Enzymatic oxidations of thiophenes, including thiophene-containing drugs, are important for biodesulfurization of crude oil and drug metabolism of mono- and poly-cyclic thiophenes. Thiophene oxidative dearomatization pathways involve reactive metabolites, whose detection is important in the pharmaceutical industry, and are catalyzed by monooxygenase (sulfoxidation, epoxidation) and dioxygenase (sulfoxidation, dihydroxylation) enzymes. Sulfoxide and epoxide metabolites of thiophene substrates are often unstable, and, while cis-dihydrodiol metabolites are more stable, significant challenges are presented by both types of metabolite. Prediction of the structure, relative and absolute configuration, and enantiopurity of chiral metabolites obtained from thiophene enzymatic oxidation depends on the substrate, type of oxygenase selected, and molecular docking results. The racemization and dimerization of sulfoxides, cis/trans epimerization of dihydrodiol metabolites, and aromatization of epoxides are all factors associated with the mono- and di-oxygenase-catalyzed metabolism of thiophenes and thiophene-containing drugs and their applications in chemoenzymatic synthesis and medicine.
The liver is the primary site of drug metabolism, which can be altered by a variety of diseases affecting the liver parenchyma, especially in patients with liver cirrhosis. The use of antibiotics in patients with cirrhosis is usually a matter of concern for physicians, given the lack of practical knowledge for drug choice and eventual dose adjustments in several clinical scenarios. The aim of the current narrative review is to report, as broadly as possible, basic, and practical knowledge that any physician should have when approaching a patient with liver cirrhosis and an ongoing infection to efficiently choose the best antibiotic therapy.
Using drugs to treat COVID-19 symptoms may induce adverse effects and modify patient outcomes. These adverse events may be further aggravated in obese patients, who often present different illnesses such as metabolic-associated fatty liver disease. In Rennes University Hospital, several drug such as hydroxychloroquine (HCQ) have been used in the clinical trial HARMONICOV to treat COVID-19 patients, including obese patients. The aim of this study is to determine whether HCQ metabolism and hepatotoxicity are worsened in obese patients using an in vivo/in vitro approach. Liquid chromatography high resolution mass spectrometry in combination with untargeted screening and molecular networking were employed to study drug metabolism in vivo (patient’s plasma) and in vitro (HepaRG cells and RPTEC cells). In addition, HepaRG cells model were used to reproduce pathophysiological features of obese patient metabolism, i.e., in the condition of hepatic steatosis. The metabolic signature of HCQ was modified in HepaRG cells cultured under a steatosis condition and a new metabolite was detected (carboxychloroquine). The RPTEC model was found to produce only one metabolite. A higher cytotoxicity of HCQ was observed in HepaRG cells exposed to exogenous fatty acids, while neutral lipid accumulation (steatosis) was further enhanced in these cells. These in vitro data were compared with the biological parameters of 17 COVID-19 patients treated with HCQ included in the HARMONICOV cohort. Overall, our data suggest that steatosis may be a risk factor for altered drug metabolism and possibly toxicity of HCQ.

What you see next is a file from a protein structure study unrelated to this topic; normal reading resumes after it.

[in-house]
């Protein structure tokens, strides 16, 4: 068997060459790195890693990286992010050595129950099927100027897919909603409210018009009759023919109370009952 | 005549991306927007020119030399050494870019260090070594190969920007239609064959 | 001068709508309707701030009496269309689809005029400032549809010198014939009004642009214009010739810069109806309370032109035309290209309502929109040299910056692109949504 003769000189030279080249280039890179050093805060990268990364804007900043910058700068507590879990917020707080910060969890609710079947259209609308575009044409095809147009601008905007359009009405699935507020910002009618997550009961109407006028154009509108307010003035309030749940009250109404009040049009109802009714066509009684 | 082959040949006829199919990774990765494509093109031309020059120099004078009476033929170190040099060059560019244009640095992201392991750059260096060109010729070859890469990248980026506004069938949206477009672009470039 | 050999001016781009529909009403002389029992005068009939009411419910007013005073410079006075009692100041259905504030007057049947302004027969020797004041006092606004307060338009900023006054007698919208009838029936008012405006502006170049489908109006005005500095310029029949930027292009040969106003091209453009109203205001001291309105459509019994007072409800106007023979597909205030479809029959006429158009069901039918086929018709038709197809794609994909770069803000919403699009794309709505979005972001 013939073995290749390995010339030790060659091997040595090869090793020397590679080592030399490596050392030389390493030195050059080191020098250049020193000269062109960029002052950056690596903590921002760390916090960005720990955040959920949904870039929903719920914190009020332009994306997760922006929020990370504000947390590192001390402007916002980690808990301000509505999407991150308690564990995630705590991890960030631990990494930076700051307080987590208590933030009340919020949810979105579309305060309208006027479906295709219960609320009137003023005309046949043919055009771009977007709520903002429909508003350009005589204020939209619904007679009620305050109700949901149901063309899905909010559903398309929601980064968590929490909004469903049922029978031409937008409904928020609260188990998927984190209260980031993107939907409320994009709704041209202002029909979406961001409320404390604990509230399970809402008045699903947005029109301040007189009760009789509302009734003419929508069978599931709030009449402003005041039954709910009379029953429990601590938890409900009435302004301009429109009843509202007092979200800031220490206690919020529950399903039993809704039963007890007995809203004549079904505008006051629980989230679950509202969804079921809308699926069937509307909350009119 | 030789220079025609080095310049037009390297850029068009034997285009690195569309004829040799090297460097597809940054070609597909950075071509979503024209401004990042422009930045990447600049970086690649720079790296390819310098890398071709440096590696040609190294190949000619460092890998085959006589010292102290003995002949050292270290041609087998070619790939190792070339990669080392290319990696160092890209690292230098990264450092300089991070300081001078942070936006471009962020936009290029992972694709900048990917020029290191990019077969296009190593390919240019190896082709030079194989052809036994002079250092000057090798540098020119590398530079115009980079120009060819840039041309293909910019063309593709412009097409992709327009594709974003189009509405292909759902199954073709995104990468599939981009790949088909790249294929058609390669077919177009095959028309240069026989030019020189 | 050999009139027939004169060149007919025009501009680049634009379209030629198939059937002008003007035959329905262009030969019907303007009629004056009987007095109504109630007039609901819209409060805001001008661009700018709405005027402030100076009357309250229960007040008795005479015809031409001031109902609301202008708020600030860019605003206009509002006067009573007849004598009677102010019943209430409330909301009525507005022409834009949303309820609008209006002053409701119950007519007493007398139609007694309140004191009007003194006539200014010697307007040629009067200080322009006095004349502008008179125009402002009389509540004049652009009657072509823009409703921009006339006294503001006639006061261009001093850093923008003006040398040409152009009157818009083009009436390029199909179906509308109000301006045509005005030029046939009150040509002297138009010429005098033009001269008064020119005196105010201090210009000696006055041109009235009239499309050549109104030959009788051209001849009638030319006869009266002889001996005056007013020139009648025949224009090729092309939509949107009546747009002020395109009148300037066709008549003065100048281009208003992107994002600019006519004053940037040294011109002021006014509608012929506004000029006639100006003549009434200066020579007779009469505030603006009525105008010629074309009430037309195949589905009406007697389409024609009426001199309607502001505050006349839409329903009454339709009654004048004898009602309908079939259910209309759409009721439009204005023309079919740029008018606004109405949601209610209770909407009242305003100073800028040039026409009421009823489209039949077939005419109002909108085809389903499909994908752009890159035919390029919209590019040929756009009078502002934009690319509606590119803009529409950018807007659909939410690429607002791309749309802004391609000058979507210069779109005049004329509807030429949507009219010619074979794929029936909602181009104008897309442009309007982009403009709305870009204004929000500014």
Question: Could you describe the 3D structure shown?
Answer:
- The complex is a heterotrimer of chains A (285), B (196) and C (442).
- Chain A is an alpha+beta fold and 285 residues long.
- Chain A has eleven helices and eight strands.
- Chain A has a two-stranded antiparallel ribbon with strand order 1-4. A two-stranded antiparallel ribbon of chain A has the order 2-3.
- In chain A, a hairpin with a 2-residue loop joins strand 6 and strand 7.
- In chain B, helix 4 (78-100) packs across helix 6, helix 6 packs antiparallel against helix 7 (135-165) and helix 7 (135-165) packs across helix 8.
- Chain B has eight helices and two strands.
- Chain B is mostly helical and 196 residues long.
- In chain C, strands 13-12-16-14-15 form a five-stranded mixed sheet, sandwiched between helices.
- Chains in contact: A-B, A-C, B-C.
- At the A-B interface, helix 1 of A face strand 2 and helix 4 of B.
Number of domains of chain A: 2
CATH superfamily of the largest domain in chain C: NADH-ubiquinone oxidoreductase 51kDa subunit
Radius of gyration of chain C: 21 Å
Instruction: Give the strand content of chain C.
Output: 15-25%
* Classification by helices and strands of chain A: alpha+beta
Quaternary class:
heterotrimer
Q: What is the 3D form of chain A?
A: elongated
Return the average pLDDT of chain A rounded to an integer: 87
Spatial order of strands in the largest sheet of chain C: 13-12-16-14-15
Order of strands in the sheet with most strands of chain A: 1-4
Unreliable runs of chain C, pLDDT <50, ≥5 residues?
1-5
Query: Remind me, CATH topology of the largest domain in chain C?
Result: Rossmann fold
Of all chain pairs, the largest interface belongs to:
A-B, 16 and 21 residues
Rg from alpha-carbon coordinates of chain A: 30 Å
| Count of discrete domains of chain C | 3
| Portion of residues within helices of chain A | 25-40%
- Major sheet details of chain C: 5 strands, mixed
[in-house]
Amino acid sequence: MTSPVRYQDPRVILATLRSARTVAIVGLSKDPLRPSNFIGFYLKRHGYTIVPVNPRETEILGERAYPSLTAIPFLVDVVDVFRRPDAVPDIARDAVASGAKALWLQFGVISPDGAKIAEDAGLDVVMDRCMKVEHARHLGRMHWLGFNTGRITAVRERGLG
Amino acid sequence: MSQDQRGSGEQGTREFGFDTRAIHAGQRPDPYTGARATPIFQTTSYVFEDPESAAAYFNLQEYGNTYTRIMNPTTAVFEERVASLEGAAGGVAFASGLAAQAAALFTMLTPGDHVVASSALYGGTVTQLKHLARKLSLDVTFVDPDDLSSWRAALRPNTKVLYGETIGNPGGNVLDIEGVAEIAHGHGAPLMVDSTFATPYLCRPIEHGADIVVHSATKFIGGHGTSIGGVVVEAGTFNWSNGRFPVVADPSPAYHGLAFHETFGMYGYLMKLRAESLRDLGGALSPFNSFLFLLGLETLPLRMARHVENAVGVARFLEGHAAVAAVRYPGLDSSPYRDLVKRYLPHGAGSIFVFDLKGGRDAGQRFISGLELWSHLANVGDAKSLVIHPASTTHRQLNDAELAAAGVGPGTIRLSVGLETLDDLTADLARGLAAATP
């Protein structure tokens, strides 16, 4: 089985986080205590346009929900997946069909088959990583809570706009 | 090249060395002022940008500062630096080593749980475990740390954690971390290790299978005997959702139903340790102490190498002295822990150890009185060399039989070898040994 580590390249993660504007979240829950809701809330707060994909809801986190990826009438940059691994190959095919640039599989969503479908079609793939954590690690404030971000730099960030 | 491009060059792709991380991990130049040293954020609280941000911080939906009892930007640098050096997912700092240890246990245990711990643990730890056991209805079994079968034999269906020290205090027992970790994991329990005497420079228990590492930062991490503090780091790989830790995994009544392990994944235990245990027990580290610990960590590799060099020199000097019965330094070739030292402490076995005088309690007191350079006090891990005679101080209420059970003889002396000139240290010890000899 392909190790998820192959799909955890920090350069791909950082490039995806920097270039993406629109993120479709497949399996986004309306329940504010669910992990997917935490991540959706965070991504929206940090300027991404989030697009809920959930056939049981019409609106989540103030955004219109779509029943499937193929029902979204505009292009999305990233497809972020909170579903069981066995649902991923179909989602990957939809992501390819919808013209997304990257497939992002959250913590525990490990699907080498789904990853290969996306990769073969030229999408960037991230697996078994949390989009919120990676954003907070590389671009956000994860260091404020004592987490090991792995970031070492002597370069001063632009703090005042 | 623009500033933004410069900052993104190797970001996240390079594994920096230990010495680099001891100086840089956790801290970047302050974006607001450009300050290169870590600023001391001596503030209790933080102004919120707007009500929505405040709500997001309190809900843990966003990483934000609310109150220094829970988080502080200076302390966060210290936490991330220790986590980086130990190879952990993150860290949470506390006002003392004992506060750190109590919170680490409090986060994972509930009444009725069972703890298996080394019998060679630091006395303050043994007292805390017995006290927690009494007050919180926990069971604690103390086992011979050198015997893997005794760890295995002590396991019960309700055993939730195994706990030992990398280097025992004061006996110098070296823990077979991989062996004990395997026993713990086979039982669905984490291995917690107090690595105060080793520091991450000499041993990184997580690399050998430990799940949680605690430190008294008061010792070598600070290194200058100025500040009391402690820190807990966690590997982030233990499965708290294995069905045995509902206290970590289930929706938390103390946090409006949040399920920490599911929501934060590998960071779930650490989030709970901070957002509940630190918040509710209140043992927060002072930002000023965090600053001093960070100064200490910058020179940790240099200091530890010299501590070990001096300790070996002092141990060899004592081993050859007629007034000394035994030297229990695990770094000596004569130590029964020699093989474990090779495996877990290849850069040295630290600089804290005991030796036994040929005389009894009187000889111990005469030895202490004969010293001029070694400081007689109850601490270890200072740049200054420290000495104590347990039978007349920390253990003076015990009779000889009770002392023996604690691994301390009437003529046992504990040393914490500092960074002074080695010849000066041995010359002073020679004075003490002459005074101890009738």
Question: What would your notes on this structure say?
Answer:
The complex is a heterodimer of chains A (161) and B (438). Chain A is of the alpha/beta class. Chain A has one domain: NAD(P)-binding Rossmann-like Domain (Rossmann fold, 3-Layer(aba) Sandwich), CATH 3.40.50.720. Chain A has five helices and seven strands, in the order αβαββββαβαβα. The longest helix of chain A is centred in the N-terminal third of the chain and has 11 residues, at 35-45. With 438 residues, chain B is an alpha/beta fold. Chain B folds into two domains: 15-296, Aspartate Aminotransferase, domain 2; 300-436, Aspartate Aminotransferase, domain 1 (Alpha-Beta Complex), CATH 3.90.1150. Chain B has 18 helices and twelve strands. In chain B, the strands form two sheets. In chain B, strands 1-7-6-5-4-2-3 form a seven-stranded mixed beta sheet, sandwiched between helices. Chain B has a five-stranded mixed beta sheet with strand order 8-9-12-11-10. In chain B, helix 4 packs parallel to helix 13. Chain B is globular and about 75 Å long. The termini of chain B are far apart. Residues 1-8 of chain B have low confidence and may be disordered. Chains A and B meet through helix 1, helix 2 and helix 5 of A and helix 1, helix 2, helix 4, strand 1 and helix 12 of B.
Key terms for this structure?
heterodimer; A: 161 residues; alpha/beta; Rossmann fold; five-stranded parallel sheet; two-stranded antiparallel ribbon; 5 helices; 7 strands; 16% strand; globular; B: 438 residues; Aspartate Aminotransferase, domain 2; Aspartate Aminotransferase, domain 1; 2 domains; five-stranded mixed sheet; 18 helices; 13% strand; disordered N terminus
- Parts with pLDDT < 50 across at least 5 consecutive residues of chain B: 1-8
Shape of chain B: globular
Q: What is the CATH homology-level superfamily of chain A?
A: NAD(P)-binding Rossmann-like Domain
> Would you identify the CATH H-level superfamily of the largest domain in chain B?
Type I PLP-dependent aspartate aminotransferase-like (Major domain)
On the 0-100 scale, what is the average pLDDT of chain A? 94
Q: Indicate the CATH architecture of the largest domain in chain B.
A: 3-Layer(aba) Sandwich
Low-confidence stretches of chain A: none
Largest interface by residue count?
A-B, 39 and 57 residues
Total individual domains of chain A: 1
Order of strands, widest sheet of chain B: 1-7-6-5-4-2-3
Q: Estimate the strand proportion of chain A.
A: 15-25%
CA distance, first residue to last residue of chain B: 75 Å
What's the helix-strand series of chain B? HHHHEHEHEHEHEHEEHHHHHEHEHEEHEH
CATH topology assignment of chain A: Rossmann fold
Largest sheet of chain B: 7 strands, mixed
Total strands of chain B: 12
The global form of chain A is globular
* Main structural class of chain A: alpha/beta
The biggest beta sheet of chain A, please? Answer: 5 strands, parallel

Pregnant women are the most "untouchable" group of people in relation to pharmacological research due to ethical and legal aspects, as well as concerns for the health and integrity of the fetus. And that is why pregnant women practically do not participate in clinical, pharmacodynamic, or pharmacokinetic testing. The mechanisms of teratogenesis are unpredictable, and in this case mutations can occur regardless of the duration of pregnancy and at any level. In women during pregnancy, the activity of liver enzyme systems involved in drug metabolism changes completely, which affects their clearance. This should be taken into account when selecting drugs and dosages for the treatment of various diseases. Our study showed that during pregnancy, a significant decrease in the intrinsic hepatic clearance of the CYP1A2 substrate is enhanced by a decrease in the binding of theophylline to plasma proteins and an increase in the glomerular filtration rate.